After serving as a New Jersey delegate to the Continental Congress, John Cleves Symmes turned his eye toward settlement of America’s newly acquired land to the west. Symmes became interested in settling the land between the Great Miami and Little Miami Rivers thanks to Captain Benjamin Stites. In the spring of 1787, Stites traveled down the Ohio River from Redstone, Pennsylvania on a trading expedition. Near the vicinity of Maysville, Kentucky, local Native Americans stole several horses. Stites and a party set out to recover the horses. When they reached the mouth of the Little Miami River, the party headed northward and finally ended their pursuit empty handed near the headwaters of the Little Miami River. As they retraced their steps back toward the Ohio River, Stites decided to promote settlement in the fertile region. Soon thereafter, Stites met with Judge John Cleves Symmes in New Jersey and quickly persuaded him of the area’s potential for settlement.

Experienced in government, Symmes had the knowledge and connections to bring Stites idea to reality. Prior to the American Revolution, Symmes worked as a teacher and land surveyor. During the Revolution, he served as a colonel of a militia regiment. He went on to serve as a delegate to the New Jersey state convention and to help draft the state constitution. He was a member of the Continental Congress for two years and served as a New Jersey Supreme Court judge for twelve.

In 1784, 1785 and 1787, the U.S. Congress passed a series of land ordinances for surveying and selling land north of the Ohio River. The final one, the Northwest Ordinance of 1787, included provisions for the development of states with the area east of the Mississippi, South of the great Lakes and North of the Ohio. Under these ordinances, Symmes applied to the federal government for the land. Though he received only a tentative agreement, in November of 1787 he began advertising to promote sales of the land. The following month he began issuing certificates on the land known as “Miami Land Warrants.” The first one was issued to Benjamin Stites who quickly settled, relocated and founded the village of Columbia west of the Little Miami. The second sale of land went to a group led by Mathias Denman, Colonel Robert Patterson and Robert Filson. They founded Losantiville, now present day Cincinnati.

On February 19, 1788, Symmes was elected by Congress to be one of the judges for the Northwest Territory. In 1789, Symmes founded the third settlement in the area North Bend. He went on to lay out the plat for the town site of Cleves. While Columbia and Losantiville prospered, North Bend, due in large part to flooding problems, never became as successful. His daughter, Anna, married another North Bend resident, William Henry Harrison, ninth President of the United States. Symmes spent his latter years still sorting out land claim conflicts resulting from the Symmes Purchase. He passed away in 1824.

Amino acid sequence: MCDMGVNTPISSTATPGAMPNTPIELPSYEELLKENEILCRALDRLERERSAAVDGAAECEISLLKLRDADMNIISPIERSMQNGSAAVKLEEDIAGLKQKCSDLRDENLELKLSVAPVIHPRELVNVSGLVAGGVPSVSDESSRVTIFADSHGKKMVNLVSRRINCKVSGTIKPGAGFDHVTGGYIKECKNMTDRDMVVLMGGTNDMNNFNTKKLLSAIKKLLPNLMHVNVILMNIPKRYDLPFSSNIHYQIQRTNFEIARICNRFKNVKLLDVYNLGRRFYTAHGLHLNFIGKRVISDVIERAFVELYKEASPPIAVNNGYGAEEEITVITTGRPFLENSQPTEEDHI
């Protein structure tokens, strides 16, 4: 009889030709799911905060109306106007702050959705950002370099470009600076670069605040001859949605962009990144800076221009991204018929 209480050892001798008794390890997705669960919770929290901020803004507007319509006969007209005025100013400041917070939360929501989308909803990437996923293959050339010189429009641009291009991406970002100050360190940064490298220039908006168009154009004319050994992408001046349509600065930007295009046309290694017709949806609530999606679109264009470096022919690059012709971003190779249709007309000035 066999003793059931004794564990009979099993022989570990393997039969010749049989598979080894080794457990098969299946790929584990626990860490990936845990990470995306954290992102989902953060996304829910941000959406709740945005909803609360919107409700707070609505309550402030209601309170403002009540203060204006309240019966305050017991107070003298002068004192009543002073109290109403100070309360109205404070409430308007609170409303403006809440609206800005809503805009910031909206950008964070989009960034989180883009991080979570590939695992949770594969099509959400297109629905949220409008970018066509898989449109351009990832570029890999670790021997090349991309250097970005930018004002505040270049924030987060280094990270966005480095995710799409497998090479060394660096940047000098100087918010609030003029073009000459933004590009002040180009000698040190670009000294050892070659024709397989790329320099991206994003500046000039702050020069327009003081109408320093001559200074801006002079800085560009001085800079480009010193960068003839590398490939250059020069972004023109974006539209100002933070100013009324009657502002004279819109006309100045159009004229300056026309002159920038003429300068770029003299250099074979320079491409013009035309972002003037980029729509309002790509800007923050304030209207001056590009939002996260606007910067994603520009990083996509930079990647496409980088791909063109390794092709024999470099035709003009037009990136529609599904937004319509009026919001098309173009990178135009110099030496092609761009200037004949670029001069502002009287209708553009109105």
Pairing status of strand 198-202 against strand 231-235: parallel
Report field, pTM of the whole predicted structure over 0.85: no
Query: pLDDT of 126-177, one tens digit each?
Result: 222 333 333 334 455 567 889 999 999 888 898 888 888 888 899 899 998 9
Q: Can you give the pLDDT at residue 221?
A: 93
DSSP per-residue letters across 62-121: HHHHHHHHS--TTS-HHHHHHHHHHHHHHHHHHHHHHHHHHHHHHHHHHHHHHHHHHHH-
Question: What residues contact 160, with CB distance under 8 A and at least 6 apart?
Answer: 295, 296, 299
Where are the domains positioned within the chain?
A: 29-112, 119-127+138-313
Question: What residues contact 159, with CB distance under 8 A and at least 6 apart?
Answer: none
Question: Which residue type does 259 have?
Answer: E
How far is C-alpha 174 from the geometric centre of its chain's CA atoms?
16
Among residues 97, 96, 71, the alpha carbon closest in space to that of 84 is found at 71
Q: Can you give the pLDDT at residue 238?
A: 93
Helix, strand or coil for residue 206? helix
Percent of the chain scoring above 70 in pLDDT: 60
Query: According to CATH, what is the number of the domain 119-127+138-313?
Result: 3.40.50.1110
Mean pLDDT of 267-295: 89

The Legacy of the Symmes Purchase

Due to improper surveys of the region and over ambition on Symmes part, he sold more land than covered by his 1788 agreement. In 1792, he petitioned Congress and the contract was extended. Symmes however continued to oversell land, selling tracts from the Ohio River, the Great Miami River to the West, and the Little Miami River to the East and to the North, almost to present day Dayton. In 1811, the Symmes home at North Bend burned down destroying all the original land certificates. While Symmes' questionable business practices created confusion and litigation, the overselling of lands helped the region populate quickly.

The Symmes Purchase was one of the first major land deals after the American Revolution in the Northwest Territory. It created the foundation for not only the city of Cincinnati and the state of Ohio, but for settlement and statehood as Americans pushed further west. In 1789, in part because of a request made by John Symmes to guarantee settlers not encounter any hostilities with any Native Americans still remaining in the area, Northwest Territory Governor Arthur St. Clair established Fort Washington near Losantiville. By 1790, an estimated two thousand had settled on Symmes Purchase land. That same year Gov. St Clair visited the region changing the name of Losantiville to Cincinnati, and creating Hamilton County. By 1800, the population of the area had increased to 15,000. This rapid expansion along with other major land purchases, such as the Ohio Company, gave Ohio the population required for admission to statehood under the Northwest Ordinance of 1787. In 1803, Ohio became the first new state in the Northwest Territory. In 1803, as per the terms of the purchase contract, John Cleves Symmes donated 23,040 acres to be used for “an academy and other public schools and seminaries of learning”. It would be the site of Miami University, which opened first as an academy in 1818, then as a college in 1824.